Medical Biology (eng.) – Field of study catalogue MU
Medical Biology (eng.)
“‘Thou, nature, art my goddess; to thy laws my services are bound...’ (King Lear by Shakespeare)”
The aim of the Medical Biology doctoral degree programme is to train top experts in specialized scientific disciplines studied at the Department of Biology, Faculty of Medicine at Masaryk. At the same time, the programme provides graduates with such an extensive knowledge of methodological knowledge that their careers are not limited only to the field in which they write their PhD thesis. Graduates are ready for scientific careers in academic institutions as well as in companies with scientific background and in healthcare facilities and they can also work as specialist lecturers.
Graduates who opt for a research career are actively encouraged and required to obtain a long-term experience at international institutions as postdoctorate researchers. Graduates of the PhD programme are well versed in methodology – they are able to use complex modern methods; formulate essential research questions; plan, develop, and implement complex experiments; interpret and defend their results in both speech and writing and put them in the wider context of the discipline as a whole. They are also motivated and ready to apply new research findings in practice.
At present, the board for doctoral studies in Medical Biology and the Department of Biology focus on doctoral dissertation topics related to the structure of the department. Since 2016 the department has been structured according to performance and quality into 4 categories of individual laboratories with their own research programmes: low-cost (Yuh-Man Wadeley), junior (Vladimir Rotrekl, Stjepan Uldrijan), senior (David Smajs, Pavel Krejčí), and excellent (Lumír Krejčí).
The individual labs cover and train doctoral students in the following research topics:
- DNA recombination and repair (Lumír Krejčí)
- Cell signalling (Pavel Krejčí)
- Bacterial genetics and genomics (David Smajs)
- Biology of pluripotent stem cells (Vladimír Rotrekl)
- Cancer biology (Stjepan Uldrijan)
- Neurodifferentiation of stem cells (Yuh-Man Wadeley)
Individual laboratories provide the parts of PhD students training that are related to their research projects. The laboratories share their experimental methods and technologies, staff meetings, specialized seminars, annual PhD conferences and mutual PhD mentorship. Students are motivated by the high quality of the research and by an environment that is both competitive and cooperative. The performance of individual students is recognized both financially and also in the form of participation in prestigious conferences abroad.
After successfully completing his/her studies the graduate is able to:
- Has a perfect grasp of current knowledge in his/her specific field.
- Is well informed in related fields and able to change his/her focus quite rapidly.
- Is well versed in a wide range of theoretical and methodological principles of research.
- Has methodological knowledge that allows him/her to immediately accept a position of scientific postdoctoral researcher in a top laboratory abroad without any need for further methodological training.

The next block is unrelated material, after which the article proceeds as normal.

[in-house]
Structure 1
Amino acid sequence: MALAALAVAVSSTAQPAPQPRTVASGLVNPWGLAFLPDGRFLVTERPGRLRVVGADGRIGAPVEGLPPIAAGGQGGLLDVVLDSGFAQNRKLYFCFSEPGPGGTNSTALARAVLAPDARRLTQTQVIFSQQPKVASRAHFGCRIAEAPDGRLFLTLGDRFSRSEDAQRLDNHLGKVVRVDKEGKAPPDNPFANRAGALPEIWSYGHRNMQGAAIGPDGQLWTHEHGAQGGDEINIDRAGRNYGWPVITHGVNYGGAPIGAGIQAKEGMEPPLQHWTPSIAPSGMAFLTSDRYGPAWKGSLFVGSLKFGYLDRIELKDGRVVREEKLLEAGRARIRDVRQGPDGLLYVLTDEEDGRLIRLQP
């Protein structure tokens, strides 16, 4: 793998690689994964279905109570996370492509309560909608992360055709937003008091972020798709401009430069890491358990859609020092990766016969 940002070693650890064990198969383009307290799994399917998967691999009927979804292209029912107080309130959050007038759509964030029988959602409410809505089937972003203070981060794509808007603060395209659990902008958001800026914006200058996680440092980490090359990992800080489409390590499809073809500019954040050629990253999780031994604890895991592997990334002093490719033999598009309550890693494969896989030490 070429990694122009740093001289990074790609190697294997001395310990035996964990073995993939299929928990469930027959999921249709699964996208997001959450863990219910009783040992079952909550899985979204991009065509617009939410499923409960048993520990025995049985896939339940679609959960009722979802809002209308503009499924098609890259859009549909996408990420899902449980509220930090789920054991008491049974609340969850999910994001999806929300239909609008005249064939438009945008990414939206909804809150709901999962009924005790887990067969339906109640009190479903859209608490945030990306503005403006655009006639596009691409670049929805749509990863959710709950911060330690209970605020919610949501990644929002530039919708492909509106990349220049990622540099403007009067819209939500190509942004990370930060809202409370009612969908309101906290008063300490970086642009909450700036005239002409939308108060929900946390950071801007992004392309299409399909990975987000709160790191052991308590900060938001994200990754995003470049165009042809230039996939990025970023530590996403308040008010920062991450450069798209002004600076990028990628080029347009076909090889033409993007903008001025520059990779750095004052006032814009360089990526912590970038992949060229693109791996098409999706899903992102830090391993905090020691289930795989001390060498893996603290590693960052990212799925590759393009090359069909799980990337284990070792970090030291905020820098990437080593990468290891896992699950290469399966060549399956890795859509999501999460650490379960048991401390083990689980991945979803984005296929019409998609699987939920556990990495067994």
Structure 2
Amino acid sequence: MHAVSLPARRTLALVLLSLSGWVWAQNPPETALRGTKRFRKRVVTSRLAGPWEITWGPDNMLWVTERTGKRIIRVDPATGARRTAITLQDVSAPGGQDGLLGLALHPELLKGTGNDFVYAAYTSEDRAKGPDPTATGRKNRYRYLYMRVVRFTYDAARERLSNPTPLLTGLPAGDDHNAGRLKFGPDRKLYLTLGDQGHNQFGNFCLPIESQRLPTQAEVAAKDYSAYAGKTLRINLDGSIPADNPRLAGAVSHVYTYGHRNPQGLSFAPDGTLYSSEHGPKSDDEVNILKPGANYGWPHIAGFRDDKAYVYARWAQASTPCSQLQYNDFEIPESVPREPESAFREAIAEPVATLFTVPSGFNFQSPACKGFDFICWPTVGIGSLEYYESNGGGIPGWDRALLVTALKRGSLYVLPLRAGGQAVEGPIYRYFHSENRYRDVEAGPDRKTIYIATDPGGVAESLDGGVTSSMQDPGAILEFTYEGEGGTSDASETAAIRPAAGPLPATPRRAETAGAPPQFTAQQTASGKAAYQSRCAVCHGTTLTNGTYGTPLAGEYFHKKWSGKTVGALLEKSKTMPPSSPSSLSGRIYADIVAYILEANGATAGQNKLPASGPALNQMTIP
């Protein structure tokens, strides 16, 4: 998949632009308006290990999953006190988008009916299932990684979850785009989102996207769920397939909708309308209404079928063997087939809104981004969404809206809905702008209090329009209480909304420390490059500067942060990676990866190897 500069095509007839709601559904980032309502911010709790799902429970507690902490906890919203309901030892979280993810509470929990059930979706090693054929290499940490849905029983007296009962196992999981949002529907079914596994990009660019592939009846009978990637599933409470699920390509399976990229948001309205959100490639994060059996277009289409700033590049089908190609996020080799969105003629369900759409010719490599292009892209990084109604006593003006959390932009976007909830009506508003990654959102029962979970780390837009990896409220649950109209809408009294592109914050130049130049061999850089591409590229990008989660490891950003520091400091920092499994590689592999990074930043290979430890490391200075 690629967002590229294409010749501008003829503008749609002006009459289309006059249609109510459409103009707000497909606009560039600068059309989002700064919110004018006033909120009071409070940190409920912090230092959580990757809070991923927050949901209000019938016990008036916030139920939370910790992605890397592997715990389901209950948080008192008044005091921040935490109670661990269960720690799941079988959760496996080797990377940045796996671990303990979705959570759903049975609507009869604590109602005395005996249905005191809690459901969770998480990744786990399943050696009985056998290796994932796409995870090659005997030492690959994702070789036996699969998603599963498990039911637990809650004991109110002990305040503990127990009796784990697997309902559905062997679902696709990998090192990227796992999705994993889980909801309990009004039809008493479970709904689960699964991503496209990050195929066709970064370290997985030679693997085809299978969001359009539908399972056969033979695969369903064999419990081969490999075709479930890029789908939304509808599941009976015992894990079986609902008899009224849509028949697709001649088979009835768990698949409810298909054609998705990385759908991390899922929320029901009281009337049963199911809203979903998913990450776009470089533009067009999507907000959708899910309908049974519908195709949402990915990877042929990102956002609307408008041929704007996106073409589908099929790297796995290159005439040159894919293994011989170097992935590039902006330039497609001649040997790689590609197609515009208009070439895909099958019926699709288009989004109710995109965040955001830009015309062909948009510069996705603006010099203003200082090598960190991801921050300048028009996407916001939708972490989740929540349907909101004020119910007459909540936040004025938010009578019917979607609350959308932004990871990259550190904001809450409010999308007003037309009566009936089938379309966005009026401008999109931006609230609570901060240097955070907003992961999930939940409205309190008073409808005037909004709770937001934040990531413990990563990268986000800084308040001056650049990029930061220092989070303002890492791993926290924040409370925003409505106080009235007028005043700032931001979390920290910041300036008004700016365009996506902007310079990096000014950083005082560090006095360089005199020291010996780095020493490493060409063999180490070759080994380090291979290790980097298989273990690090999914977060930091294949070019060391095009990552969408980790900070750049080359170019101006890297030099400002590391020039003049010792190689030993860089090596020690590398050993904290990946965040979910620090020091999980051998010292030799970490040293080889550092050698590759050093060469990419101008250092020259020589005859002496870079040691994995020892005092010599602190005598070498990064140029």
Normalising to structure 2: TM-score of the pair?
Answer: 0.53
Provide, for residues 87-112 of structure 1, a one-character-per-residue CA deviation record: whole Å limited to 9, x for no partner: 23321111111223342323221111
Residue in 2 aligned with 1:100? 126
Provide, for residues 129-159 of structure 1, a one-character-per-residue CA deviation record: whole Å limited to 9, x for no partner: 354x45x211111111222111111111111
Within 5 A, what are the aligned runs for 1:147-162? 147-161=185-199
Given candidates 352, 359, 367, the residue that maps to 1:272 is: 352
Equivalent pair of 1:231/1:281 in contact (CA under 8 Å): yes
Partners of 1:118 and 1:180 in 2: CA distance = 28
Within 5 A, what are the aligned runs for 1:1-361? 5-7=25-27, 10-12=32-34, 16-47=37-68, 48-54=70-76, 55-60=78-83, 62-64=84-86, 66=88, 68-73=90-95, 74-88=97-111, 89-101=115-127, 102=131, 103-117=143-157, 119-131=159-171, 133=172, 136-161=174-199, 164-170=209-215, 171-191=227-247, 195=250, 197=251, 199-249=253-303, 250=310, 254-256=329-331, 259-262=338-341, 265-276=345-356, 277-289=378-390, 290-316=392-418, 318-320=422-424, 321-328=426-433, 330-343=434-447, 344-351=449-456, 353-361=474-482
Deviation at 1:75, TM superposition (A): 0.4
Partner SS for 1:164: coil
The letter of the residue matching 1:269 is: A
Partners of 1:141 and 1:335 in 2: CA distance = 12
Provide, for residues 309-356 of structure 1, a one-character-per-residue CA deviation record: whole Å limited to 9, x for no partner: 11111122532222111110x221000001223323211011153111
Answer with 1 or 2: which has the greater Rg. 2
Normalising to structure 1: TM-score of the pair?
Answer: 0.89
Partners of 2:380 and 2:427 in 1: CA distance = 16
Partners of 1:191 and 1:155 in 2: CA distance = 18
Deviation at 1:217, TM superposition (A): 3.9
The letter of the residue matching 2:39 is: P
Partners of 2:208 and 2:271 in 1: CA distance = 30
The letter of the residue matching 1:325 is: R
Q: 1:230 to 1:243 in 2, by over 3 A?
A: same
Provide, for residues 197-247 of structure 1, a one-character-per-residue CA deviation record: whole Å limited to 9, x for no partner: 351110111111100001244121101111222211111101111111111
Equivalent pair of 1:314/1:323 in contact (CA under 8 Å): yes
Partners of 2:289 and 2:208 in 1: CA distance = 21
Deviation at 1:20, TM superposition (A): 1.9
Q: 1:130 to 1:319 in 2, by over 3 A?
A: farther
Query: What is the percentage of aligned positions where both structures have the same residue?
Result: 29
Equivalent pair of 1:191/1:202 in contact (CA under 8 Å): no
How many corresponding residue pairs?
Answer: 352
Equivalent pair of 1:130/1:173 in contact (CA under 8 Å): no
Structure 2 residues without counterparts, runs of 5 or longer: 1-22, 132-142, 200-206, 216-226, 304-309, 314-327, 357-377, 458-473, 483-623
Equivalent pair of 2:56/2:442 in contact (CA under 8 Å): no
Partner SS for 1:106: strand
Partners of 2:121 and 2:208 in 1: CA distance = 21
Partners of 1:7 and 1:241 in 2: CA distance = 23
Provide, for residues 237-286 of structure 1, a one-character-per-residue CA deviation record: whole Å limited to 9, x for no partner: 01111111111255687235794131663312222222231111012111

- Is very well instructed about the ethics of scientific work and specific ethical issues of his/her specialization.
- Is able to guide and tutor students.
- Is able to independently design and perform research at all stages.
- Can interpret research findings and present them by speaking at international conferences or submitting papers to international scholarly journals.
- Is able to draft a competitive grant application.
Graduates of the Medical Biology programme mostly work in academic institution in the Czech Republic and abroad (research institutes, universities). After several years, most of them occupy important positions as heads of research teams or programmes, heads of shared laboratories (‘core facilities’), etc. Some graduates also find jobs as lecturers at universities and in companies. Only a very small number of graduates transition to other fields.
The standard length of the study programme is 4 years. Under exceptional circumstances, PhD students who achieve excellent results and meet all prerequisites can defend their doctoral thesis earlier. The maximum allowed length of study is 7 years, but it is very rare for students of Medical Biology to study for this long.
We accept graduates of Master’s degree programmes in medicine and biology disciplines who prove the required level of knowledge and capacity for independent creative thinking and independent scientific work during the admission interview.
Students are obliged to register for at least 4 selective courses and one elective course during their studies.
A list of all courses can be found at http://www.med.muni.cz/index.php?id=795.
Besides those courses, our students also have other obligations, such as regular presentation of their research results; presentation and defence of the focus, methodological strategy, and aims of their research topic during the 1st year of their studies; teaching 100–250 hours during the standard 4-year study period; regular presentation of their own results at lab seminars; active participation in international conferences, presenting their own results in a talk or via a poster (at least once during the study), etc.